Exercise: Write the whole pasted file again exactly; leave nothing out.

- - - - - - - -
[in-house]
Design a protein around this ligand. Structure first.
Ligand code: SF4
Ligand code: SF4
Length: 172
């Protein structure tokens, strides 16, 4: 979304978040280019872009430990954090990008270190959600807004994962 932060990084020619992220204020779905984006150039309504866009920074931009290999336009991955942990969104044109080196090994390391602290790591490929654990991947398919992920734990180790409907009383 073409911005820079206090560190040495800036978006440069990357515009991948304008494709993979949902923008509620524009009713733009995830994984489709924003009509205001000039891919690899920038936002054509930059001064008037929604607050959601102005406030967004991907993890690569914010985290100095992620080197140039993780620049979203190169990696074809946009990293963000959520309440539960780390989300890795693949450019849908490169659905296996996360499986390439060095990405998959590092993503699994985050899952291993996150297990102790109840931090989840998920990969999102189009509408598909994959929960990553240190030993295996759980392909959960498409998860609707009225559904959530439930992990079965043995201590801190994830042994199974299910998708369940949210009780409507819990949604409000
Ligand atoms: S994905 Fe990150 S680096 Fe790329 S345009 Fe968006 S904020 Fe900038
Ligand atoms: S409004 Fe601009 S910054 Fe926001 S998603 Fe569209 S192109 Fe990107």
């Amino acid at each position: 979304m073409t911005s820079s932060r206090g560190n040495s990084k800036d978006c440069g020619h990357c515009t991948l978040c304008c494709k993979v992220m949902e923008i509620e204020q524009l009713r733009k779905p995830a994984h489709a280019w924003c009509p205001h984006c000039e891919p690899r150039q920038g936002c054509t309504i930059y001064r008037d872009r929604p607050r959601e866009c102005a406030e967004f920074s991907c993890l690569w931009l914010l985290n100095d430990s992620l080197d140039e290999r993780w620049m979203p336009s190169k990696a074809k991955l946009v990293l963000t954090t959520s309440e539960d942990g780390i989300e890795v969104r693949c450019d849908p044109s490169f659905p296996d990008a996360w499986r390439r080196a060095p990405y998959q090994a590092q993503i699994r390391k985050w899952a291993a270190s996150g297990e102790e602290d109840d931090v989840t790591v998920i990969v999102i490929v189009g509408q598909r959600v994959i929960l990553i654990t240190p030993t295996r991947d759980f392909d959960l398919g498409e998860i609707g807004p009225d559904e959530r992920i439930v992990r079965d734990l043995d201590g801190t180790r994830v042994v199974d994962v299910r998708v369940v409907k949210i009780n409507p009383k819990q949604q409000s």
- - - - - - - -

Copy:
[in-house]
Design a protein around this ligand. Structure first.
Ligand code: SF4
Ligand code: SF4
Length: 172
């Protein structure tokens, strides 16, 4: 979304978040280019872009430990954090990008270190959600807004994962 932060990084020619992220204020779905984006150039309504866009920074931009290999336009991955942990969104044109080196090994390391602290790591490929654990991947398919992920734990180790409907009383 073409911005820079206090560190040495800036978006440069990357515009991948304008494709993979949902923008509620524009009713733009995830994984489709924003009509205001000039891919690899920038936002054509930059001064008037929604607050959601102005406030967004991907993890690569914010985290100095992620080197140039993780620049979203190169990696074809946009990293963000959520309440539960780390989300890795693949450019849908490169659905296996996360499986390439060095990405998959590092993503699994985050899952291993996150297990102790109840931090989840998920990969999102189009509408598909994959929960990553240190030993295996759980392909959960498409998860609707009225559904959530439930992990079965043995201590801190994830042994199974299910998708369940949210009780409507819990949604409000
Ligand atoms: S994905 Fe990150 S680096 Fe790329 S345009 Fe968006 S904020 Fe900038
Ligand atoms: S409004 Fe601009 S910054 Fe926001 S998603 Fe569209 S192109 Fe990107």
């Amino acid at each position: 979304m073409t911005s820079s932060r206090g560190n040495s990084k800036d978006c440069g020619h990357c515009t991948l978040c304008c494709k993979v992220m949902e923008i509620e204020q524009l009713r733009k779905p995830a994984h489709a280019w924003c009509p205001h984006c000039e891919p690899r150039q920038g936002c054509t309504i930059y001064r008037d872009r929604p607050r959601e866009c102005a406030e967004f920074s991907c993890l690569w931009l914010l985290n100095d430990s992620l080197d140039e290999r993780w620049m979203p336009s190169k990696a074809k991955l946009v990293l963000t954090t959520s309440e539960d942990g780390i989300e890795v969104r693949c450019d849908p044109s490169f659905p296996d990008a996360w499986r390439r080196a060095p990405y998959q090994a590092q993503i699994r390391k985050w899952a291993a270190s996150g297990e102790e602290d109840d931090v989840t790591v998920i990969v999102i490929v189009g509408q598909r959600v994959i929960l990553i654990t240190p030993t295996r991947d759980f392909d959960l398919g498409e998860i609707g807004p009225d559904e959530r992920i439930v992990r079965d734990l043995d201590g801190t180790r994830v042994v199974d994962v299910r998708v369940v409907k949210i009780n409507p009383k819990q949604q409000s």